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Re: [RFC] fixing addr2line inline info
- From: Mark Wielaard <mjw at redhat dot com>
- To: elfutils-devel at lists dot fedorahosted dot org
- Date: Mon, 24 Nov 2014 10:08:26 +0100
- Subject: Re: [RFC] fixing addr2line inline info
On Fri, 2014-11-21 at 14:31 -0800, Josh Stone wrote:
> >> So what happens AFAICT, the name is found with dwarf_getscopes(),
> >> which will find the innermost address match. The line is found with
> >> dwfl_module_getsrc, which uses a binary search, making no guarantees
> >> if there are multiple matches. The bsearch happened to pick the first
> >> one in this case. Perhaps this should choose the last matching
> >> address to be approximately innermost?
> > It isn't entirely clear to me what the producer is trying to tell us
> > here. Is an address increase of zero actually legal? It seems that is
> > only legal if the next line is an end_sequence marker. But then there is
> > also that magic zero address increase sequence at the start.
> I think this is useful if you were trying to answer the other direction,
> like a debugger placing breakpoints. Lines 9 and 5 are effectively at
> the same address in the binary, since the inline function sits at the
> site of the inline call, with no parameter setup in this case.
> It's only ambiguous for mapping an address to a line. :)
That does make sense. If you want to set a breakpoint on either line and
only have the line info then you would want to set it at the same
> > I don't know how to mark these zero address incremented lines in a way
> > that they keep sorted correctly. But if you can figure that out, then
> > picking the last one seems to be the right idea. That way there is at
> > least a change the line covers multiple addresses and not just one that
> > happens to overlap with the next line.
> Ah, I didn't realize libdw sorted the lines internally, and with qsort
> which is not stable. It would have been ok IMO if equal lines were left
> in their original order. Hmm...
The glibc manual documents some tricks to turn qsort into a stable sort:
But it might be better to switch to some kind of merge sort to get a
stable sort function?
> >> I also noticed that addr2line's print_dwarf_function() doesn't try to
> >> read linkage_name, although that wouldn't matter for this foobar inline.
> > Yes, it would be nice if it would. That is just
> > s/dwarf_diename/print_diesym/ ?
> > If it does that, it would also be nice if it would demangle the name if
> > possible, like eu-stack does.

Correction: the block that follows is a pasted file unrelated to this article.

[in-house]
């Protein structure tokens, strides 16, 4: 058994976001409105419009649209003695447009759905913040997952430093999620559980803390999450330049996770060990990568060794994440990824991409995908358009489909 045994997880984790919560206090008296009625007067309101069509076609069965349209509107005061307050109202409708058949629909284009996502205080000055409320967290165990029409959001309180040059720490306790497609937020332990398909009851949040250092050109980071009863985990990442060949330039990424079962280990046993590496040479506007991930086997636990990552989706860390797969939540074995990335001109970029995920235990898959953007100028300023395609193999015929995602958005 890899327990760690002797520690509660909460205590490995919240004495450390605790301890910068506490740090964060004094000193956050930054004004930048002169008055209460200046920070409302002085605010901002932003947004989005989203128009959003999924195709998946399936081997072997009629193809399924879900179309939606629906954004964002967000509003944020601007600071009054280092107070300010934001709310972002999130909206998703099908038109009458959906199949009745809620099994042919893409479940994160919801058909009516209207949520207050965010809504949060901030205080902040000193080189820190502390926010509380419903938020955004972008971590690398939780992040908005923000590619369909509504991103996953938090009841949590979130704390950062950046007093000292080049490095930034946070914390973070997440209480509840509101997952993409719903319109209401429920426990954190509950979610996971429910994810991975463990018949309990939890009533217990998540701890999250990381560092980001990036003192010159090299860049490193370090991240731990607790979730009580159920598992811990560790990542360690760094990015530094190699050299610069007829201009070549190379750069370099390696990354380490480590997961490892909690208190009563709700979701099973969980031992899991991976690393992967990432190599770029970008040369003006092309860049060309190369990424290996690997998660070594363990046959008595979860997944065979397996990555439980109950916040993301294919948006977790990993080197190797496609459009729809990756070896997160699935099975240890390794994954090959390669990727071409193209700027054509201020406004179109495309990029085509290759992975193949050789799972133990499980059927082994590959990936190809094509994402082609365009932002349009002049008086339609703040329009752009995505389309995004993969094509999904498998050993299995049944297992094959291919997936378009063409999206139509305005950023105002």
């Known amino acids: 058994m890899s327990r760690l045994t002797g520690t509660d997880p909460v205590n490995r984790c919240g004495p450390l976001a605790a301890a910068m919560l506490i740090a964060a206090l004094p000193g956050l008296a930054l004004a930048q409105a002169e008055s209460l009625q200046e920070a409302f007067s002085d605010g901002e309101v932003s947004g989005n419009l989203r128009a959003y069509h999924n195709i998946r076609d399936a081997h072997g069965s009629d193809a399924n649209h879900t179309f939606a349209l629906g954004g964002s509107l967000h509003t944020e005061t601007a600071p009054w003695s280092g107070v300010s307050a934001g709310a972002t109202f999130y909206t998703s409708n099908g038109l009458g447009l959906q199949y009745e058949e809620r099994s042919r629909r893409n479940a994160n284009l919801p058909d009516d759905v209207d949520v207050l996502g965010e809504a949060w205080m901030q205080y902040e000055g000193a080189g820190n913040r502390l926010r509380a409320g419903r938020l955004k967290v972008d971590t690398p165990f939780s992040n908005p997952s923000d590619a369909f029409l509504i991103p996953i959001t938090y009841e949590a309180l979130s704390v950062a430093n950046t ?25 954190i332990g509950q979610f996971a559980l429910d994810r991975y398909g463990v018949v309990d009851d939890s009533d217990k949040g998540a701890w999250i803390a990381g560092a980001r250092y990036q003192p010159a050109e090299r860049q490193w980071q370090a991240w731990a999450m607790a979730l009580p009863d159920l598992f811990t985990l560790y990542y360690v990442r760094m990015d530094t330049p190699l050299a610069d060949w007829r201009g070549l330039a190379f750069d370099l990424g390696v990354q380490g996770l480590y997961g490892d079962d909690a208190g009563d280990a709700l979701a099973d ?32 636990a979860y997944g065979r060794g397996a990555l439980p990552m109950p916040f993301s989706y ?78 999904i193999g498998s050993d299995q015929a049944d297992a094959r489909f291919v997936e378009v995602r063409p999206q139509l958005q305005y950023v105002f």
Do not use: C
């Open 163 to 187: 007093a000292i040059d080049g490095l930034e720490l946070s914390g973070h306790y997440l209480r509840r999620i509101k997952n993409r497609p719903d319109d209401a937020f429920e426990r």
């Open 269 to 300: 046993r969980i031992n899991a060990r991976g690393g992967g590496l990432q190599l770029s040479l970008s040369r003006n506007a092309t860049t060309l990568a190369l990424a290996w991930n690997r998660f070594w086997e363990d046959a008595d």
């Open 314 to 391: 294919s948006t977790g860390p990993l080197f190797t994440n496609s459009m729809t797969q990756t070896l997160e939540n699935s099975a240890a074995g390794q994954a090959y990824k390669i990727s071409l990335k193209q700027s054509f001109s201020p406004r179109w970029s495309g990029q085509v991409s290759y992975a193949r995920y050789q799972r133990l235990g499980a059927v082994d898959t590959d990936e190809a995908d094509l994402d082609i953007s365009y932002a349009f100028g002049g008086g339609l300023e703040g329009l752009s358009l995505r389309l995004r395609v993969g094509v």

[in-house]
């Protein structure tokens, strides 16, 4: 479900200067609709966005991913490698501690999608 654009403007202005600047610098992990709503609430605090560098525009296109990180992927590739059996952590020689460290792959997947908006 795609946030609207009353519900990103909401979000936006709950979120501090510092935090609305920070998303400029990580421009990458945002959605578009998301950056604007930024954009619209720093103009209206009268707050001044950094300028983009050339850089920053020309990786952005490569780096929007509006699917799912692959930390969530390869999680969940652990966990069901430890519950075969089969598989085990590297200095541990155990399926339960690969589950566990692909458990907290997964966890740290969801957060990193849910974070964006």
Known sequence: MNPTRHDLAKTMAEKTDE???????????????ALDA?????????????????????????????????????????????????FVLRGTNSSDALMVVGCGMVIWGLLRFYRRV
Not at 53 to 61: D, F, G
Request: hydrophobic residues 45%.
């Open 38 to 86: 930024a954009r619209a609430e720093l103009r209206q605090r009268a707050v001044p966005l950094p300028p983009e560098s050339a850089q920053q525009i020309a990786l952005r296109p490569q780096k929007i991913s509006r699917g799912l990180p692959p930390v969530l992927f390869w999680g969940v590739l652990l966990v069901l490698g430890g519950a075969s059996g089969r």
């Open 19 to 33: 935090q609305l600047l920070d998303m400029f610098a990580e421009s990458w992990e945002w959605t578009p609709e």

> Yes, I think that will work. I'd make demangling optional though.
Note that there is already a hidden/unsupported -D option to eu-readelf.
It is just missing the hook to add the actual demangling.
> I'll try to rephrase. And here's an example from the existing test,
> which might be helpful since it actually inlines multiple layers:
> $ src/addr2line -f -i -e ../tests/testfile-inlines.bz2 0x5e1
> fubar inlined at /tmp/x.cpp:20 in _Z3foov
> So for that first line with "inlined at ...", print_dwarf_functions
> *tries* to walk up the chain of [inline, inline, ..., subprogram]. That
> is, it doesn't return until sees a subprogram (return true), or runs out
> of scopes (return false).
> But with dwarf_getscopes, it only ever sees two scopes, first die offset
> 0x151 for the inlined_subroutine, internally followed to the
> abstract_origin 0x36, then second is die offset 0xb for the CU. So it
> always returns false and falls back to dwfl_module_addrname to complete
> the line with "_Z3foov".
> If it used dwarf_getscopes_die to get the real hierarchy, as it seems to
> think it has, then the scopes would be [0x151, 0x13a, 0xe5, 0xb], and
> that line would get filled out something like:
> fubar inlined at x.cpp:20 in baz inlined at x.cpp:26 in _Z3foov
> And this duplicates what the rest of "-f -i" will print later.
> So I'm saying print_dwarf_functions is buggy now, and if fixed it would
> be redundant.
Yes. Now I see. I wouldn't call it complete redundant though. If fixed
it would be a different representation of inlined backtraces. But given
that you cannot really select one without the other, it effectively is
redundant indeed. Maybe -f -i should show one and "plain" -i should show
the other. Or is that too confusing? Maybe it doesn't really add